With Formula One Movie "Rush" Set To Open, Public Health Groups And State Attorneys General Highlight Film's Tobacco Use And Brand Depiction In Promotional Materials Harmful To Young Audiences

Letter Asks Major Studio to Keep Smoking, Brands Out of Trailers

WASHINGTON, Aug. 27, 2013 /PRNewswire-USNewswire/ -- Today, public health groups have joined state Attorneys General offices to call out the depiction of tobacco brand imagery and smoking in promotions for the movie Rush – coming out in September – citing its potential impact to tobacco use among youth. In a letter to Comcast Corporation (parent company of Universal Pictures), the groups ask the company to take proactive steps minimize young people's exposure to brand imagery and actors smoking readily visible to youth in the film's promotions.

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Rush hits theaters next month and is based on a historic rivalry between two race car drivers competing for the 1976 Formula One racing championship.  However, promotions for the movie are available through different mediums, including movie trailers on television, YouTube, the official website and in theaters containing images of smoking as well as the Marlboro brand name.

"Despite being an R-rated movie, the smoking depictions in the promotions for Rush will have a tremendous reach among youth, undermining advertising restrictions on tobacco on television and in movies. Ultimately, these depictions can play a major role in glamorizing the number-one cause of preventable death in the U.S.: tobacco use," said David Dobbins, Chief Operating Officers of Legacy, a national public health foundation dedicated to reducing tobacco use in the U.S. 

In the letter, the groups and Attorneys General ask Comcast to take responsible action to minimize youth exposure to smoking and brand appearances in its movie, including:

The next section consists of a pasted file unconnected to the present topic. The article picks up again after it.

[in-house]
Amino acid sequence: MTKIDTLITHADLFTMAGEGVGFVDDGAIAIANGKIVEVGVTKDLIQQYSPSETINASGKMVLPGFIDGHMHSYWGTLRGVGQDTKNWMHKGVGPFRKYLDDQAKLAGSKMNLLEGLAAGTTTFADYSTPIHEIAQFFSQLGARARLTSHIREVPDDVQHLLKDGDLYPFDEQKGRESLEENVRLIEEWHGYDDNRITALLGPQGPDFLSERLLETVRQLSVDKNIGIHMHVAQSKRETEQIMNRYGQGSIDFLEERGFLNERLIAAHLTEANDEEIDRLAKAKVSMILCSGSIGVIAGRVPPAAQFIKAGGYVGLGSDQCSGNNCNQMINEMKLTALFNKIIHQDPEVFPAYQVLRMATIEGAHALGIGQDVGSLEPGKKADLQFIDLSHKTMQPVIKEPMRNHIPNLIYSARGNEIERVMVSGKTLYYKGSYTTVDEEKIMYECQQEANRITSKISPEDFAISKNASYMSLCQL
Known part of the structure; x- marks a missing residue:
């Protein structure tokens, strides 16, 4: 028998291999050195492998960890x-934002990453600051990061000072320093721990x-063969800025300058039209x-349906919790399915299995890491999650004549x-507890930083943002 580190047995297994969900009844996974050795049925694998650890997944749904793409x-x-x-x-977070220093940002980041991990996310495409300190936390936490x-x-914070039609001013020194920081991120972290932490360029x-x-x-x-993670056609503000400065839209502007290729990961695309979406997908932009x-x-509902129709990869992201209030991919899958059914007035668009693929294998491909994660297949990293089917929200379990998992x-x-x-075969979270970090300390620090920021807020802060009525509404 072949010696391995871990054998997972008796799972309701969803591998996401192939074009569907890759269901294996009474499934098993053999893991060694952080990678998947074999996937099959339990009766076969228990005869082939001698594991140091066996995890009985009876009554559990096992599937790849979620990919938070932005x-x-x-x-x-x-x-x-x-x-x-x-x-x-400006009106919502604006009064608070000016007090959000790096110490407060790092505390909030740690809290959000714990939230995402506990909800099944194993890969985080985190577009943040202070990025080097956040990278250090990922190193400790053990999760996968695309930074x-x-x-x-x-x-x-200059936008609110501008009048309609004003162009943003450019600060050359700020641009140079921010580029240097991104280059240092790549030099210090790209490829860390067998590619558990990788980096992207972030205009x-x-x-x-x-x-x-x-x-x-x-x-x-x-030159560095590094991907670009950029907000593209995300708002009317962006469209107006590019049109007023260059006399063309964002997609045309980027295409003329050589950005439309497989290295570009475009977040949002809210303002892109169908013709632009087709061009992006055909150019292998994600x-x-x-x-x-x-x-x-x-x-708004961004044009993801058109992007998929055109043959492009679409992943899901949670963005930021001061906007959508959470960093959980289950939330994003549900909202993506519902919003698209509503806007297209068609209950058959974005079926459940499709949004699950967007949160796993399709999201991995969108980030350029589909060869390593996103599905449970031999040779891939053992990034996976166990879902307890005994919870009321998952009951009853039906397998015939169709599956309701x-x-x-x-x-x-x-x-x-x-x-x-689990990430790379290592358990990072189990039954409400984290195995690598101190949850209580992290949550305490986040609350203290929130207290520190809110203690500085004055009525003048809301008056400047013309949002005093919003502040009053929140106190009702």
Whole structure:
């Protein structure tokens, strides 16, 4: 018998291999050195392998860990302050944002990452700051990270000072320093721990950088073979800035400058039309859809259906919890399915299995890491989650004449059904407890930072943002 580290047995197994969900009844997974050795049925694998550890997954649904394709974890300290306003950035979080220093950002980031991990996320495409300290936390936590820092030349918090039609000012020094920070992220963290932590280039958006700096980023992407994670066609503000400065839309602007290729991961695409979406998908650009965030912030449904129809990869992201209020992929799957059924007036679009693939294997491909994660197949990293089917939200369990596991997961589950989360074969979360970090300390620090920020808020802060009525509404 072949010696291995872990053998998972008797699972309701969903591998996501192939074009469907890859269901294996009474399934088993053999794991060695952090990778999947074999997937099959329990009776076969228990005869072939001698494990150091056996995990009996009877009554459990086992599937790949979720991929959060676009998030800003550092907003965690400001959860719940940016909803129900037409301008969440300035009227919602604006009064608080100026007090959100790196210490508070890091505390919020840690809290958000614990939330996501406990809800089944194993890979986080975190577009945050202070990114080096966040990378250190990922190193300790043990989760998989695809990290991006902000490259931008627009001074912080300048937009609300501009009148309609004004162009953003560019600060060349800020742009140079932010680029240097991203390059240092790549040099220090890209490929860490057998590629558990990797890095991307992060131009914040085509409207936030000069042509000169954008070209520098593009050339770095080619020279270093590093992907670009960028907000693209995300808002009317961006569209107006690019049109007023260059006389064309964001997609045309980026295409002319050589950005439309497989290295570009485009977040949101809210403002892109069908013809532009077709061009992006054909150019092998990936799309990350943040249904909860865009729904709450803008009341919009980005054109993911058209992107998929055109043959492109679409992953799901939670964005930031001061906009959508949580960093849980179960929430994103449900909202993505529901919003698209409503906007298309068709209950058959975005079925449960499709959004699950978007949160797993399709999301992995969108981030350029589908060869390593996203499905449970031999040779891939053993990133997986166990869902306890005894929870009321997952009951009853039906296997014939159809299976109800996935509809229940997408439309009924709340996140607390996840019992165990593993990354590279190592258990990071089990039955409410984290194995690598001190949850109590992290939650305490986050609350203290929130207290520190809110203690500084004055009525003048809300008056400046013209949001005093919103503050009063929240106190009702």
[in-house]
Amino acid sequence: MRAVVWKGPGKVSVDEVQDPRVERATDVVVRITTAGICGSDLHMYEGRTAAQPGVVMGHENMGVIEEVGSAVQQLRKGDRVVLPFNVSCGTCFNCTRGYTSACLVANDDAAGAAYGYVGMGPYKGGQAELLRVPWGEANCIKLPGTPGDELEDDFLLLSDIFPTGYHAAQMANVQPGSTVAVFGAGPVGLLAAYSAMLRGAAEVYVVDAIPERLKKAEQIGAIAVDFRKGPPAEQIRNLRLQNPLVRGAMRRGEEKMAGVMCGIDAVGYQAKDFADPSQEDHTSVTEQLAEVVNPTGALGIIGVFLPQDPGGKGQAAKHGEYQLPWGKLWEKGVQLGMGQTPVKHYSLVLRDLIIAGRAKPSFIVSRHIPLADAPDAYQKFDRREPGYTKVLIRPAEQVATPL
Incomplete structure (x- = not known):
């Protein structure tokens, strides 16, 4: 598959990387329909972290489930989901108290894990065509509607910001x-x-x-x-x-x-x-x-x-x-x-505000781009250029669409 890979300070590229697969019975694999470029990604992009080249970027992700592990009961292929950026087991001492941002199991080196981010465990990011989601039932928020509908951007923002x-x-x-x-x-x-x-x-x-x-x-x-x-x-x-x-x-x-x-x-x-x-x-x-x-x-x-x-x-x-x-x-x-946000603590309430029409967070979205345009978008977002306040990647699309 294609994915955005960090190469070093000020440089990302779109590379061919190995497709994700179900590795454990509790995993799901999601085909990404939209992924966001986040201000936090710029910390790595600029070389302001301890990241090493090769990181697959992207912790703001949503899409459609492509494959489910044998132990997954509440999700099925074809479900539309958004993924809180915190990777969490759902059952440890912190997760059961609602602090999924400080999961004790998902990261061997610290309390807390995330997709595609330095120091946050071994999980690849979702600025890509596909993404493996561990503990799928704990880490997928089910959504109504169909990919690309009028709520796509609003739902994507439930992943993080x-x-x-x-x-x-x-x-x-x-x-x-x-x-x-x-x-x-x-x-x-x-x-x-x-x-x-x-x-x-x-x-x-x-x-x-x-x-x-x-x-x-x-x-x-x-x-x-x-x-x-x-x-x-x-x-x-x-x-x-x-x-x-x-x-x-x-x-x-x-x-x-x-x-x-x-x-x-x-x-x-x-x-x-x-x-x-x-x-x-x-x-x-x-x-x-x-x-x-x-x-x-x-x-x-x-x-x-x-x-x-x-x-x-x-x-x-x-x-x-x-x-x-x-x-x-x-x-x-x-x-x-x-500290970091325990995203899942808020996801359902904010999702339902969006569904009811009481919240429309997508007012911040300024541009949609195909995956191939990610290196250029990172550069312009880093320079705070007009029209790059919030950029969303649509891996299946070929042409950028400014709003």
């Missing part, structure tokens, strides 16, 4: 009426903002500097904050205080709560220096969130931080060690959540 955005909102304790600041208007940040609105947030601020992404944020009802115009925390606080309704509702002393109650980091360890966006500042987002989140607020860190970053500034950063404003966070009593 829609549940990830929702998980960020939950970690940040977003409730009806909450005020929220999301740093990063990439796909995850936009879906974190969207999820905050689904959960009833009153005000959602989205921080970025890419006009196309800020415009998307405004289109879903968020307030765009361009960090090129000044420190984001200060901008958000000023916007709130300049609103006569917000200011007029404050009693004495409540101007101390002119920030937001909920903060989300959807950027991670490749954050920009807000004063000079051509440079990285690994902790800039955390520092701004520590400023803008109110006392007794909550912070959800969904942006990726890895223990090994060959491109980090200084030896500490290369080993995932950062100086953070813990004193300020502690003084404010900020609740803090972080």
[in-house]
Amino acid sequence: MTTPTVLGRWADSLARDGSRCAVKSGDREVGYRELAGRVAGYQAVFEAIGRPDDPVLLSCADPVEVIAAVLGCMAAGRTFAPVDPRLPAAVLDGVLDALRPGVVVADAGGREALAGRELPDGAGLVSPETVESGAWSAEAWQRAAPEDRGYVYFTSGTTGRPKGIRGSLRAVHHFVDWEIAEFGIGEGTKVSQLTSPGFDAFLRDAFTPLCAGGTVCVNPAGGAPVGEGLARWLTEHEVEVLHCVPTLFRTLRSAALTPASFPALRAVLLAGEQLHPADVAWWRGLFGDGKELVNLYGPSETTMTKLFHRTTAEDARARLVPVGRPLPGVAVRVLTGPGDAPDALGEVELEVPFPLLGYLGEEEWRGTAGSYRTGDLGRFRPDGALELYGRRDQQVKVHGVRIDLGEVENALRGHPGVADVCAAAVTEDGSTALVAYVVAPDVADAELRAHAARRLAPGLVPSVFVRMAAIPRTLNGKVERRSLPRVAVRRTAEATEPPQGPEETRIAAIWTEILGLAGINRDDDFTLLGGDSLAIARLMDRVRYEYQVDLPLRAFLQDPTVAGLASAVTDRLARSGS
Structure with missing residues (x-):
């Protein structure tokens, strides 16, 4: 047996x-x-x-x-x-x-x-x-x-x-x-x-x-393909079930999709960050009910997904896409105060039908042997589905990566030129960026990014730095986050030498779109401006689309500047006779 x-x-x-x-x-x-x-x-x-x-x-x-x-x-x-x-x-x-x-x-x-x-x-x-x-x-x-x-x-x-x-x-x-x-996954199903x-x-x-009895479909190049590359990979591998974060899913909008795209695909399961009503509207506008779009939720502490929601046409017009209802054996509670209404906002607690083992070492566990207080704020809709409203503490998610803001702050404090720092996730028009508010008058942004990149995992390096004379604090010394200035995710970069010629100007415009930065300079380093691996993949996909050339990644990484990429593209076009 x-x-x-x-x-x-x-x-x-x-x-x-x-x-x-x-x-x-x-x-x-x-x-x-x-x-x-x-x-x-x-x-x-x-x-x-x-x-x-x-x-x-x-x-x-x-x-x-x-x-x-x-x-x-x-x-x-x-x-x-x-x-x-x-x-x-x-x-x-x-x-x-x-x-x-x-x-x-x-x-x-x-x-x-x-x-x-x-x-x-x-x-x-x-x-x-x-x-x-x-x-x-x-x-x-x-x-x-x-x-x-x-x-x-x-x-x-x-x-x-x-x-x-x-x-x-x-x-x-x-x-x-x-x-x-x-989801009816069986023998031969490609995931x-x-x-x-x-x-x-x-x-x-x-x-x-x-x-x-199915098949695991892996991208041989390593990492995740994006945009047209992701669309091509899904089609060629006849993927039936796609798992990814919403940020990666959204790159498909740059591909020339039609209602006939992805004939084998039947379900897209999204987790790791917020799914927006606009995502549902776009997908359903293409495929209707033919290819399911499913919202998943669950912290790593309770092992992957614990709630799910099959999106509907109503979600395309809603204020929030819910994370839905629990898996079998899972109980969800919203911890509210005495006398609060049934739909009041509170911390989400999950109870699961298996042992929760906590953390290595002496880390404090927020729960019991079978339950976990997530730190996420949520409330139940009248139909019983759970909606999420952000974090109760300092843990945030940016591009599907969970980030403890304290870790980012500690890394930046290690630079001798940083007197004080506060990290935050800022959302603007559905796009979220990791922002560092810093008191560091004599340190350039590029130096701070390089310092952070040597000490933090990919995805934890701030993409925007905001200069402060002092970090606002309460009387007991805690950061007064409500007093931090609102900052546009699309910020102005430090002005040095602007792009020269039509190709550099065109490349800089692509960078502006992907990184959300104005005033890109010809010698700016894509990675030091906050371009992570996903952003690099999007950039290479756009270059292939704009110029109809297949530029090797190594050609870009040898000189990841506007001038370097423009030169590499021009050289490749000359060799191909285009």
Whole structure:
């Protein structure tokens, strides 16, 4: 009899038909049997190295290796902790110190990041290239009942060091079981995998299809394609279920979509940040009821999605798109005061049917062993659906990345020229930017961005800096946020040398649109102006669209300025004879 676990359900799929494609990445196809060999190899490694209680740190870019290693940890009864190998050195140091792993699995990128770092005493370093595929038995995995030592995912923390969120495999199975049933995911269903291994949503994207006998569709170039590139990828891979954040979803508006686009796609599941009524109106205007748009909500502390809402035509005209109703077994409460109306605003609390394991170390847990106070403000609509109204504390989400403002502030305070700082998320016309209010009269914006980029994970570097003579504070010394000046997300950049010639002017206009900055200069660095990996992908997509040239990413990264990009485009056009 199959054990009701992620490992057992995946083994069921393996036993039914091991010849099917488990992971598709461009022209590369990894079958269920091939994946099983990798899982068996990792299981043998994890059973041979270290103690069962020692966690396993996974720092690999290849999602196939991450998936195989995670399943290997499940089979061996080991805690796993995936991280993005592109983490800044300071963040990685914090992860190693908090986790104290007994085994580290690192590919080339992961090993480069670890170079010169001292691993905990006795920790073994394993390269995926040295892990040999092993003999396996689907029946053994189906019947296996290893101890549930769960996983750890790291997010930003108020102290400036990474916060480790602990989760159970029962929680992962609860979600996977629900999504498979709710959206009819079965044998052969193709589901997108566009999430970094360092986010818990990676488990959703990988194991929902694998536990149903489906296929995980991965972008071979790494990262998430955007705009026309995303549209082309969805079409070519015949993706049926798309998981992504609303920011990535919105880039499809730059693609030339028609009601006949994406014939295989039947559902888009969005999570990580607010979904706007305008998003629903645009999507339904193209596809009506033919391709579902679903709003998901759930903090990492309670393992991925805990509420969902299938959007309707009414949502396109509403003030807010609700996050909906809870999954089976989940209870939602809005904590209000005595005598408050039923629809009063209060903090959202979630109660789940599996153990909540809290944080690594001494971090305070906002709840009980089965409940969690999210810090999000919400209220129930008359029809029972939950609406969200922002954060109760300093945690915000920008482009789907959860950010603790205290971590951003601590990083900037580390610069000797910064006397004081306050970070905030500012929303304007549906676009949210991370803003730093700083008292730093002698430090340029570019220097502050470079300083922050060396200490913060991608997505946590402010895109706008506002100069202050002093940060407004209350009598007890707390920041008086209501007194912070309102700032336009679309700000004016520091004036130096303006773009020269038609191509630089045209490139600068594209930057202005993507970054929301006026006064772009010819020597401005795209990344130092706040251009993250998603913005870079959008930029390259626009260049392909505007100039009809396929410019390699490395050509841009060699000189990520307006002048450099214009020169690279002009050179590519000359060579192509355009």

1. Refraining from depicting smoking in the film's trailers on the Rush web site and in any other promotional materials.
  2. Refraining from including Marlboro imagery in the film's trailers on the Rush web site and in any other promotional materials.
  3. Including an anti-smoking PSA before the movie in all venues, formats and forms of distribution.
  4. Certifying that nobody associated with the film received anything of value or entered into any agreement in connection with the depiction of tobacco products or brands.

Legacy and public health groups have repeatedly called on studios, movie companies and the Motion Picture Association of America to ensure that tobacco imagery in films does not contribute to youth smoking initiation. Research shows that more than 80 percent of current adult smokers start smoking in their teens, and tobacco images seen on screen are one of the largest independent risk factors for starting to smoke. The U.S. Centers for Disease Control and Prevention (CDC), The U.S. Surgeon General's Report and World Health Organization have both confirmed movies' impact on youth smoking.

In addition, Attorneys General have monitored tobacco brand displays in movies since the 1998 Master Settlement Agreement (MSA) between tobacco companies and the states, which banned paid tobacco brand placement in movies. (The MSA also limited tobacco sponsorship and branding of public events, such as motorsports.)

While individual media companies – including Universal – have responded to these efforts and taken positive steps to address the issue, depictions of tobacco use continue to reach youth audiences via movies, delivering billions of smoking impressions each year that contribute to the youth tobacco epidemic.

"Public health groups, the Attorneys General and the CDC continue to monitor smoking in movies to ensure that the progress that has been made to reduce its impact is not reversed. We hope that the industry will respond to our requests and do the responsible thing to save young lives from needless death and disease that is associated with tobacco use," said Dobbins.

The letter's signatories include Legacy along with the American Academy of Pediatrics, Center for Tobacco Control Research and Education at the University of California, San Francisco, and the offices of the Attorneys General of Alaska, Connecticut, Delaware, Idaho, Iowa and Vermont.  

SOURCE Legacy



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http://www.americanlegacy.org

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